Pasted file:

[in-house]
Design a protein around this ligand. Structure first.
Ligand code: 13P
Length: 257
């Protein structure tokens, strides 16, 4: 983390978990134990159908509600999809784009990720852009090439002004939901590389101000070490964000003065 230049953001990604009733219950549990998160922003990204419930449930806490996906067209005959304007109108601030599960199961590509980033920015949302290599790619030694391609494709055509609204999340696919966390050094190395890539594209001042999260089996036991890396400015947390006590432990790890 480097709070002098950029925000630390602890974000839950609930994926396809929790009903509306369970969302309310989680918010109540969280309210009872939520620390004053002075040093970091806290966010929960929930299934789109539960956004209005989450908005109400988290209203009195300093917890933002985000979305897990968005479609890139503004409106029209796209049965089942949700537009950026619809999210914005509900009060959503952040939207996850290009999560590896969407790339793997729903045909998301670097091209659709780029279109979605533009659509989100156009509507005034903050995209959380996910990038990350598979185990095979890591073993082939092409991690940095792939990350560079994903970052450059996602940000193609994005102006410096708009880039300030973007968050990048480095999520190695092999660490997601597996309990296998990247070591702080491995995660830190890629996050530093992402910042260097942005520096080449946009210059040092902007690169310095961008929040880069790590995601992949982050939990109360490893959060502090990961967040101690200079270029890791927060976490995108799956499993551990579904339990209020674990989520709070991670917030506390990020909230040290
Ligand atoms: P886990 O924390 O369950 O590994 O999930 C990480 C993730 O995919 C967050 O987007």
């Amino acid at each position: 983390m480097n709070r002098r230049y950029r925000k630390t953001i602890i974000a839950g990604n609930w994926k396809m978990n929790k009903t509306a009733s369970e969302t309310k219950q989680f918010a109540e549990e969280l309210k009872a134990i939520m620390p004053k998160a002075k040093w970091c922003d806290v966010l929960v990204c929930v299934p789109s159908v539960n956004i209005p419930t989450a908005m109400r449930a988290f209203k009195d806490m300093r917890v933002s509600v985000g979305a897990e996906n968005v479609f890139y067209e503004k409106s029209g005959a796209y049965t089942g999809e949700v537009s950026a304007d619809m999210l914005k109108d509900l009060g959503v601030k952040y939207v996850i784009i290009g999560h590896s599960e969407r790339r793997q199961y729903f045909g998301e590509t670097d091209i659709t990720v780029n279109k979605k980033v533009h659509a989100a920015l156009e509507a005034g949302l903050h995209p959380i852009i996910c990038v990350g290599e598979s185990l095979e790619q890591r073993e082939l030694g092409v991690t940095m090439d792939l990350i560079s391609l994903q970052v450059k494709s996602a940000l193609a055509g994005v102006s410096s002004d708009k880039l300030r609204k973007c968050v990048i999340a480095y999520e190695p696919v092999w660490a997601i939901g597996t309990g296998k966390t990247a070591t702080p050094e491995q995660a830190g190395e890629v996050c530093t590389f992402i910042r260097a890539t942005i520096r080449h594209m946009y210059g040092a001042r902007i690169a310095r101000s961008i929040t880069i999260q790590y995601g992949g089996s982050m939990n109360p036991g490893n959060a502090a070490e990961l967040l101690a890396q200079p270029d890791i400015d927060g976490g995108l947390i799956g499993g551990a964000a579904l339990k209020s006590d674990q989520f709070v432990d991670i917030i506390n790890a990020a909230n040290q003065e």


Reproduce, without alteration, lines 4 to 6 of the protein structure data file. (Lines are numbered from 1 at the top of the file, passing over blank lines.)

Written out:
Length: 257
């Protein structure tokens, strides 16, 4: 983390978990134990159908509600999809784009990720852009090439002004939901590389101000070490964000003065 230049953001990604009733219950549990998160922003990204419930449930806490996906067209005959304007109108601030599960199961590509980033920015949302290599790619030694391609494709055509609204999340696919966390050094190395890539594209001042999260089996036991890396400015947390006590432990790890 480097709070002098950029925000630390602890974000839950609930994926396809929790009903509306369970969302309310989680918010109540969280309210009872939520620390004053002075040093970091806290966010929960929930299934789109539960956004209005989450908005109400988290209203009195300093917890933002985000979305897990968005479609890139503004409106029209796209049965089942949700537009950026619809999210914005509900009060959503952040939207996850290009999560590896969407790339793997729903045909998301670097091209659709780029279109979605533009659509989100156009509507005034903050995209959380996910990038990350598979185990095979890591073993082939092409991690940095792939990350560079994903970052450059996602940000193609994005102006410096708009880039300030973007968050990048480095999520190695092999660490997601597996309990296998990247070591702080491995995660830190890629996050530093992402910042260097942005520096080449946009210059040092902007690169310095961008929040880069790590995601992949982050939990109360490893959060502090990961967040101690200079270029890791927060976490995108799956499993551990579904339990209020674990989520709070991670917030506390990020909230040290
Ligand atoms: P886990 O924390 O369950 O590994 O999930 C990480 C993730 O995919 C967050 O987007």